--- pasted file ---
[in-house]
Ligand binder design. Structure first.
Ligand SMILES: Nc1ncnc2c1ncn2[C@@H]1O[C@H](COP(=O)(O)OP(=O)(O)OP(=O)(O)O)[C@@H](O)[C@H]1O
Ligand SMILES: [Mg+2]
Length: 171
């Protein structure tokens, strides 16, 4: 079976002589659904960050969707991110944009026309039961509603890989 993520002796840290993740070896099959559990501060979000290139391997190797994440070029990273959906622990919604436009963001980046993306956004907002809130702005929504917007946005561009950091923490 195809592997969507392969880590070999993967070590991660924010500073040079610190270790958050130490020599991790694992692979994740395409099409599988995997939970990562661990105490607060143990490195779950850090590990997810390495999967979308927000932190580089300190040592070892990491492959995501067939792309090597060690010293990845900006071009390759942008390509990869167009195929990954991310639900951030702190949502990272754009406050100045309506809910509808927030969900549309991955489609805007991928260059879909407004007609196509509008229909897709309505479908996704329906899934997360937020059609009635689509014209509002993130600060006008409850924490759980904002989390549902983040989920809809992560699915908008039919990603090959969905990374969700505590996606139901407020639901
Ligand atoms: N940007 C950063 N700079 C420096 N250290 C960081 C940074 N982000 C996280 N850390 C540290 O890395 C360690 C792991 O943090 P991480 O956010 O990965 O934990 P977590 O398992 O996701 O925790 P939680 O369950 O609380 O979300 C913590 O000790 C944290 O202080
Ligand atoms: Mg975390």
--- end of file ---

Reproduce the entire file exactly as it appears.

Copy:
[in-house]
Ligand binder design. Structure first.
Ligand SMILES: Nc1ncnc2c1ncn2[C@@H]1O[C@H](COP(=O)(O)OP(=O)(O)OP(=O)(O)O)[C@@H](O)[C@H]1O
Ligand SMILES: [Mg+2]
Length: 171
């Protein structure tokens, strides 16, 4: 079976002589659904960050969707991110944009026309039961509603890989 993520002796840290993740070896099959559990501060979000290139391997190797994440070029990273959906622990919604436009963001980046993306956004907002809130702005929504917007946005561009950091923490 195809592997969507392969880590070999993967070590991660924010500073040079610190270790958050130490020599991790694992692979994740395409099409599988995997939970990562661990105490607060143990490195779950850090590990997810390495999967979308927000932190580089300190040592070892990491492959995501067939792309090597060690010293990845900006071009390759942008390509990869167009195929990954991310639900951030702190949502990272754009406050100045309506809910509808927030969900549309991955489609805007991928260059879909407004007609196509509008229909897709309505479908996704329906899934997360937020059609009635689509014209509002993130600060006008409850924490759980904002989390549902983040989920809809992560699915908008039919990603090959969905990374969700505590996606139901407020639901
Ligand atoms: N940007 C950063 N700079 C420096 N250290 C960081 C940074 N982000 C996280 N850390 C540290 O890395 C360690 C792991 O943090 P991480 O956010 O990965 O934990 P977590 O398992 O996701 O925790 P939680 O369950 O609380 O979300 C913590 O000790 C944290 O202080
Ligand atoms: Mg975390």